Sweden

Sweden, a kingdom of Northern Europe, occupying the eastern portion of the great Scandinavian Peninsula, bounded W. by Norway, E. by Russian Finland, Gulf of Bothnia, and the Baltic, and on the N. stretches across the Arctic circle between Norway (NW.) and Russia (NE.), while its southern serrated shores are washed by the Skager-Rack, Cattegat, and Baltic. From the mountain-barrier of Norway the country slopes down in broad terrace-like plains to the sea, intersected by many useful rivers and diversified by numerous lakes, of which Lakes Wenner, Wetter, and Mälar (properly an arm of the sea) are the largest, and lying under forest to the extent of nearly one-half its area; is divided into three great divisions: 1, Norrland in the N., a wide and wild tract of mountainous country, thickly forested, infested by the wolf, bear, and lynx, in summer the home of the wood-cutter, and sparsely inhabited by Lapps. 2, Svealand or Sweden proper occupies the centre, and is the region of the great lakes and of the principal mineral wealth (iron, copper, &c.) of the country. 3, Gothland, the southern portion, embraces the fertile plains sloping to the Cattegat, and is the chief agricultural district, besides possessing iron and coal. Climate is fairly dry, with a warm summer and long cold winter. Agriculture (potatoes, grain, rye, beet), although scarcely 8 per cent. of the land is under cultivation, is the principal industry, and with dairy-farming, stock-raising, &c., gives employment to more than one-half of the people; mining and timber-felling are only less important; chief industries are iron-works, sugar-refineries, cotton-mills, &c.; principal exports timber (much the largest), iron, steel, butter, &c., while textiles and dry-goods are the chiefly needed imports. Transit is greatly facilitated by the numerous canals and by the rivers and lakes. Railways and telegraphs are well developed in proportion to the population. As in Norway, the national religion is Lutheranism; education is free and compulsory. Government is vested in the king, who with the advice of a council controls the executive, and two legislative chambers which have equal powers, but the members of the one are elected for nine years by provincial councils, while those of the other are elected by the suffrages of the people, receive salaries, and sit only for three years. The national debt amounts to 14½ million pounds. In the 14th century the country became an appanage of the Danish crown, and continued as such until freedom was again won in the 16th century by the patriot king, Gustavus Vasa. By the 17th century had extended her rule across the seas into certain portions of the empire, but selling these in the beginning of the 18th century, fell from her rank as a first-rate power. In 1814 Norway was annexed, and the two countries, each enjoying complete autonomy, are now united under one crown.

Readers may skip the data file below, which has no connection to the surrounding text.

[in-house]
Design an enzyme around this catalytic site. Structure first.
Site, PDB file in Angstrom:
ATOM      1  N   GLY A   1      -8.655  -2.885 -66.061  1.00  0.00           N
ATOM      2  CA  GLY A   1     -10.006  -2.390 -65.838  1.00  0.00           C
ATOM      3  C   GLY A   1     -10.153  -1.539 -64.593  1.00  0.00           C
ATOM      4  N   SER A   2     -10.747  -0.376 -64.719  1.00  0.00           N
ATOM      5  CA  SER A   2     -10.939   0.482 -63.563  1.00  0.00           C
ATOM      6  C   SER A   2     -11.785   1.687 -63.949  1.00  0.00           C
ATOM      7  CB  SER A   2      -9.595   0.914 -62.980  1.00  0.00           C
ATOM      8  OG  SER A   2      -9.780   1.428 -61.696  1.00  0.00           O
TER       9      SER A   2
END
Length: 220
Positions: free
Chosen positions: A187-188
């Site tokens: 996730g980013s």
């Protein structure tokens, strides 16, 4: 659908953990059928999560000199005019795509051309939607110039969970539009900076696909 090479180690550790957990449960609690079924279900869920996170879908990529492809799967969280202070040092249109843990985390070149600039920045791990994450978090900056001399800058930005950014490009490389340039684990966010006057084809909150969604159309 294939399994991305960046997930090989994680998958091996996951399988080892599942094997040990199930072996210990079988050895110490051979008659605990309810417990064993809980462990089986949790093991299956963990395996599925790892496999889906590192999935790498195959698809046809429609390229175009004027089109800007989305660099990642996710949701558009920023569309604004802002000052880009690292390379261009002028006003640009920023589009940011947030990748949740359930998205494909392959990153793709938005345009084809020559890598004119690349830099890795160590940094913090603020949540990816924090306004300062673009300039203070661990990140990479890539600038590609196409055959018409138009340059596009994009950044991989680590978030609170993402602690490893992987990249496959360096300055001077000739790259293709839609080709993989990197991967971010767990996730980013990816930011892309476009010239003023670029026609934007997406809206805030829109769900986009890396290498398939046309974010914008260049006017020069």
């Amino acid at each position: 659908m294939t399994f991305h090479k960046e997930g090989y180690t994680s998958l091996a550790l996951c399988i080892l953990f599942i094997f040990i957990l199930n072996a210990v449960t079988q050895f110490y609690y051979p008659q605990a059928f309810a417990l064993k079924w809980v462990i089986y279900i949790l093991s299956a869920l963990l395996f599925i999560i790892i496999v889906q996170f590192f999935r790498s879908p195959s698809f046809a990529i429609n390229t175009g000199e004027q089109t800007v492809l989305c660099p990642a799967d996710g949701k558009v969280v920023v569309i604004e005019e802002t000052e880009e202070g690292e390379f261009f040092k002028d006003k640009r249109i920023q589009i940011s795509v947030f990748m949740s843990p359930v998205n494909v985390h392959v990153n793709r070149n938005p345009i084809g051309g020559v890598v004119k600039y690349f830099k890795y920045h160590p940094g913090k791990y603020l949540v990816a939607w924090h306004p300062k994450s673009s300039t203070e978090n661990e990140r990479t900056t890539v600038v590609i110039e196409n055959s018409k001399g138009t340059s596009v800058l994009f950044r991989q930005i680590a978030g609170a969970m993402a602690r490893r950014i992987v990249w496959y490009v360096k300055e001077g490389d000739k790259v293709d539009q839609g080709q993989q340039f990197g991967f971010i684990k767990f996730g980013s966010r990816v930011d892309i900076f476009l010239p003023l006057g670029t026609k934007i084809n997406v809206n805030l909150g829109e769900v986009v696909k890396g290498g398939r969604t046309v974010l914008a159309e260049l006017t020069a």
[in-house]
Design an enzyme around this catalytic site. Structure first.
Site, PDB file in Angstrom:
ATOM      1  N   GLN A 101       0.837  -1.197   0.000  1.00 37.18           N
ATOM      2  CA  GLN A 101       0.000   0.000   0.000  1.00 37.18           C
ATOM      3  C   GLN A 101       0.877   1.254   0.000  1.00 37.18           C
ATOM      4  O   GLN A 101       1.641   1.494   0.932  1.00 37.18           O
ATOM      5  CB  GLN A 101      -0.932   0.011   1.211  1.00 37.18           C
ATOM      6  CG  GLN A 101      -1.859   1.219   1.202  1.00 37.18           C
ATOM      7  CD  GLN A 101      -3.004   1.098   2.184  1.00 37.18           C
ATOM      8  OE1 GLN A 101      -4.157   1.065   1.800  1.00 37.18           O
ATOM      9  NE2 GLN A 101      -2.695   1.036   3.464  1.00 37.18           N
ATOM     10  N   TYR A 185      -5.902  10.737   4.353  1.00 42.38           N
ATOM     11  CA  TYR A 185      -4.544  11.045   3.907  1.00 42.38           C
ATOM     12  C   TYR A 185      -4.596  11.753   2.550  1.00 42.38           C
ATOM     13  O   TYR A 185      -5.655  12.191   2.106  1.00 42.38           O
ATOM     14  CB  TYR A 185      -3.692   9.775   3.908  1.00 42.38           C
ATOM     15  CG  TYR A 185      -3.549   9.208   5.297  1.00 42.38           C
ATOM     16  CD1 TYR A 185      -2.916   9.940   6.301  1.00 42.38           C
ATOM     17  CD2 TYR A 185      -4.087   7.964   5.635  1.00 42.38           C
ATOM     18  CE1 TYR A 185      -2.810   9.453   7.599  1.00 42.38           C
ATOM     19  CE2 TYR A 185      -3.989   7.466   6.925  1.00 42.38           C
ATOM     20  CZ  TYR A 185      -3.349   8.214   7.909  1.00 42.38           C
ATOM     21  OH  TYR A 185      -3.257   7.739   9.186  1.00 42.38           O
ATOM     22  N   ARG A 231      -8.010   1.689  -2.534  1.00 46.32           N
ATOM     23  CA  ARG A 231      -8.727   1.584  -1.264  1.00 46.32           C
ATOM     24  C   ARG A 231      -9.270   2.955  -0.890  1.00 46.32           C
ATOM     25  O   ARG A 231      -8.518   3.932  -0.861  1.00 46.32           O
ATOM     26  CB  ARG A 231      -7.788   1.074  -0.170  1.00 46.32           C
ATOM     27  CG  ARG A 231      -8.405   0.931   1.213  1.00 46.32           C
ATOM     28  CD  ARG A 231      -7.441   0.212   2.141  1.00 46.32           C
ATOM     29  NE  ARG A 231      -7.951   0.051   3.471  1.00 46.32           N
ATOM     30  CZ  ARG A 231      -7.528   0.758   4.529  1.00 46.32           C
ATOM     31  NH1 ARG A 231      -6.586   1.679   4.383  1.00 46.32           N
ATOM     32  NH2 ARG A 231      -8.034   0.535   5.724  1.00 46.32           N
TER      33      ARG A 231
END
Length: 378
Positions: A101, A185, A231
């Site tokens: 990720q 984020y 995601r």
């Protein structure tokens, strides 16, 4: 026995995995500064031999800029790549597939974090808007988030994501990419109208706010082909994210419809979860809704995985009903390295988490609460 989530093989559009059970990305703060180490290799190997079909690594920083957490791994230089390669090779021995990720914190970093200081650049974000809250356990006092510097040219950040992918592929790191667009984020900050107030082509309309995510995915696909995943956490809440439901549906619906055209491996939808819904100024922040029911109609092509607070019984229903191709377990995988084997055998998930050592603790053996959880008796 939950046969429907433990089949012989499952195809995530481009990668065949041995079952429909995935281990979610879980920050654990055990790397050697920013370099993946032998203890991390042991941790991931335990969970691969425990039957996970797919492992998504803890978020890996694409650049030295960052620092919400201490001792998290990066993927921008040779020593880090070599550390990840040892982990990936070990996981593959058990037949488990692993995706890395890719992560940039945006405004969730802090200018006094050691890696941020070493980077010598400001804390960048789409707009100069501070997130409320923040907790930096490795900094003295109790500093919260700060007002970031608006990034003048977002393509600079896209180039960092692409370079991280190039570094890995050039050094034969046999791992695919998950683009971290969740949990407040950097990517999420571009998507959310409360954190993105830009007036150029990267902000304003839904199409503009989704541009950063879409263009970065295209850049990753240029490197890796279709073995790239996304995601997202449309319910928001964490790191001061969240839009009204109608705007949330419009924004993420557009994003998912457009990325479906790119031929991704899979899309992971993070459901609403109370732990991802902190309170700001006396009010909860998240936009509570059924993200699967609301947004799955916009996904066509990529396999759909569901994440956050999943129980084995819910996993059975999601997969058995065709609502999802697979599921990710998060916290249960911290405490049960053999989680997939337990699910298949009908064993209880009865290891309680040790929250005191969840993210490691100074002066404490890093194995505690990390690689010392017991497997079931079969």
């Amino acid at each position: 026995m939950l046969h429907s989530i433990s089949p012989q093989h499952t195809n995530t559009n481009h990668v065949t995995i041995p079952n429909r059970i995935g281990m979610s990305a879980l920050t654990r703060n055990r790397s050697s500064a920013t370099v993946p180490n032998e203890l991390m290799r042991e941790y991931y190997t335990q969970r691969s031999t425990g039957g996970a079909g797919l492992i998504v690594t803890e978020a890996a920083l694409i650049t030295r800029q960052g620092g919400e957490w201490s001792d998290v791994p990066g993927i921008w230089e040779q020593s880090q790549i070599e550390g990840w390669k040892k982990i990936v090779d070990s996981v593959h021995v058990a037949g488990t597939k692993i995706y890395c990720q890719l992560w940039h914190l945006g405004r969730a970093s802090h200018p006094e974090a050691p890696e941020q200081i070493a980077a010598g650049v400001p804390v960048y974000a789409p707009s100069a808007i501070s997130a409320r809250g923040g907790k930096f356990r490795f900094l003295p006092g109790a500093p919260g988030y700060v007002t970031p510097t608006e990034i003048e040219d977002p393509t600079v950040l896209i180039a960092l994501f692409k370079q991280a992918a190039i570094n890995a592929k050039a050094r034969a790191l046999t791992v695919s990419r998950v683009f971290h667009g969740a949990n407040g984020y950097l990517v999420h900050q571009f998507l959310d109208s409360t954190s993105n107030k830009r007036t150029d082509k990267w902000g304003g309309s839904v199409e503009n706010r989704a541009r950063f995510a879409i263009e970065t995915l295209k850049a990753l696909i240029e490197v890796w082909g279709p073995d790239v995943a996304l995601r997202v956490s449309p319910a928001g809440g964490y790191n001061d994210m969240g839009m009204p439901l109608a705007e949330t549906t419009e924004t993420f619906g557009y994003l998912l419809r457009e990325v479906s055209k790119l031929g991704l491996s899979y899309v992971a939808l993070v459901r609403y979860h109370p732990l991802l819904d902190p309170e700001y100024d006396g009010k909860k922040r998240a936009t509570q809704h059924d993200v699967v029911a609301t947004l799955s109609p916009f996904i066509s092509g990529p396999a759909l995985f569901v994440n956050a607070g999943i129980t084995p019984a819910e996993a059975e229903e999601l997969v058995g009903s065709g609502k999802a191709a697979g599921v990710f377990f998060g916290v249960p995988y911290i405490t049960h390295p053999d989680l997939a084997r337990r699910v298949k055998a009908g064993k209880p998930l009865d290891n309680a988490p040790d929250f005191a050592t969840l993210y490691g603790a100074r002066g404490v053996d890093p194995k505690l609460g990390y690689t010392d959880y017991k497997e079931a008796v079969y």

Population (circa 1900) given as 4,785,000.

Definition taken from The Nuttall Encyclopædia, edited by the Reverend James Wood (1907)

Sweating System * Swedenborg, Emmanuel
Swahili
Swale
Swammerdam, Jan
Swan of Avon
Swan of Mantua
Swansea
Swatow
Swaziland
Sweating Sickness
Sweating System
Sweden
Swedenborg, Emmanuel
Swedenborgians
Swedish Nightingale
Swerga
Swetchine, Madame
Swift, Jonathan
Swilly, Lough
Swinburne, Algernon Charles
Swindon
Swinemünde

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Abelin, John Philip
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Agricola, Michel
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Amthor, Christopher Henry
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